I have just returned from the Shout Festival in Birmingham, where I planted individual pansies for those that had experienced abuse in the streets. (images above/below and on the slide show right) In one afternoon I managed to plant seven pansies across Birmingham at various locations across the city, as usual the people I met that told me about their experiences had varied responses to their attacks from mild indifference to severe anxiety. Of course this depended often on the severity of attacks though one thing remains, total and complete bewilderment at the actions of the few that so viscerally affect the gay community.
Thoughts on Shout Festival!
I also placed 2000 pansies (kindly supplied by the West Midlands Police) along Hurst Street in Birmingham, (slide-show above) in a thin line slicing through weeds and road side verges the pansies where installed with the help of some volunteers, (some members of Pink Shield where amongst the helpers) who kindly braved the wind and rain! Alarmingly some of our party received homophobic and racial abuse whilst planting. As ever I remain perplexed by this behaviour. Today the reality of homophobically motivated attack increases with the disturbing news of yet another homophobically motivated attack in Liverpool and the brutal murder of a young gay man in Puerto Rico, 19-year-old Jorge Steven Lopez Mercado was found decapitated, dismembered and charred on the side of an isolated road in the city of Cayey. The perpetrator who has since confessed has claimed the “Gay-Panic” defence. “Gay -Panic” is a legal term where the defendant claims that he or she has been the object of romantic or sexual advances by the victim. The defendant finds the advances so offensive and frightening that it brings on a psychotic state characterized by unusual violence. This defence has been used as a legitimate legal argument and has had the effect of reducing sentences of perpetrators guilty of homophobically motivated attacks. Mercado's mother Miriam Mercado released the following statement following the harrowing news: “When my son told me he was gay, I told him, ‘Now, I love you more.’ I want to tell the world that hatred is not born with human beings, it is a seed that is planted by adults and is fostered creating a climate of intolerance and violence. We must change our ways and understand that anyone could have been my son. And I want everybody to know that Jorge Steven was a very much loved son.”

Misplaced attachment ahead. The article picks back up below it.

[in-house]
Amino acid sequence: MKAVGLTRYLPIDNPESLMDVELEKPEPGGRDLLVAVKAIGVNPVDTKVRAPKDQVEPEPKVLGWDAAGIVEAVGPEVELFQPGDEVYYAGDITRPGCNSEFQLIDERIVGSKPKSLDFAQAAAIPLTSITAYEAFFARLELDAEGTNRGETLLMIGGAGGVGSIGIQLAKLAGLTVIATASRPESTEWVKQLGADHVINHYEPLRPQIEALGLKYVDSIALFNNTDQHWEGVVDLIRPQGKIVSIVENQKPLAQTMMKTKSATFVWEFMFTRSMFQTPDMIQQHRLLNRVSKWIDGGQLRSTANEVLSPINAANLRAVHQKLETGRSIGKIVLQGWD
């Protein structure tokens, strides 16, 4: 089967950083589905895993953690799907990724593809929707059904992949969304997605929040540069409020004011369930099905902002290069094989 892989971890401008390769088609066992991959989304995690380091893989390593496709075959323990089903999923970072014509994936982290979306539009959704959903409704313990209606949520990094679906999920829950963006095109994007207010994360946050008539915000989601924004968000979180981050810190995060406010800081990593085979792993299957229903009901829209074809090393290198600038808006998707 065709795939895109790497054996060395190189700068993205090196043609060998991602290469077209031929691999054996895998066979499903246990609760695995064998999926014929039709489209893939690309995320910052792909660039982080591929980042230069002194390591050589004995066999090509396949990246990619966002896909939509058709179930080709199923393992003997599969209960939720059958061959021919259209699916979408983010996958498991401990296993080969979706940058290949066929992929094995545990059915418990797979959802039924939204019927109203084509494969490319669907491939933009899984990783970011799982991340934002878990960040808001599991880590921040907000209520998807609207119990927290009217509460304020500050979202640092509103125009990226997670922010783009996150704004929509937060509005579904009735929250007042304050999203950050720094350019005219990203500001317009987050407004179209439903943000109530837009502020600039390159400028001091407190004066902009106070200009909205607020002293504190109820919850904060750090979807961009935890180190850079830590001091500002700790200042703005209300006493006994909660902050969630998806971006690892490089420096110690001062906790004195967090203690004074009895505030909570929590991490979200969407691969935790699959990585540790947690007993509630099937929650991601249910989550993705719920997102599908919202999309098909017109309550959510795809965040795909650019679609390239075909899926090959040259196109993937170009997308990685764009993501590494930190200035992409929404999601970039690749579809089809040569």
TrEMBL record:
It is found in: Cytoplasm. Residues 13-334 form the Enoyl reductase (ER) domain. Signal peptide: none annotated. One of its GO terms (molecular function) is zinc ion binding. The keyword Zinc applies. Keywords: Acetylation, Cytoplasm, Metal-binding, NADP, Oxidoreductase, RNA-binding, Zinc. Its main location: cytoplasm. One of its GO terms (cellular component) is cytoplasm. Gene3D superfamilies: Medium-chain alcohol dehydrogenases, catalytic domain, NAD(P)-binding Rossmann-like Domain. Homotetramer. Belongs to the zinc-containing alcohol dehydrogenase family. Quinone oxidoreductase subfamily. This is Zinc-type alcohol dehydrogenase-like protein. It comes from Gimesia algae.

"Are you a Boy or a Girl? Are you a Boy or a Girl? Are you a Boy or a Girl?" Tesco, Hurst Street , Birmingham for Kai WestonIn this context the planting on Hurst Street seems all the more relevant as a statement against gay hate crime. My Fight Continues! Special Thanks to Pink Shield, West Midlands Police, British Transport Police, and Singletons Nurseries
Posted by LAVERNE at 2:48 PM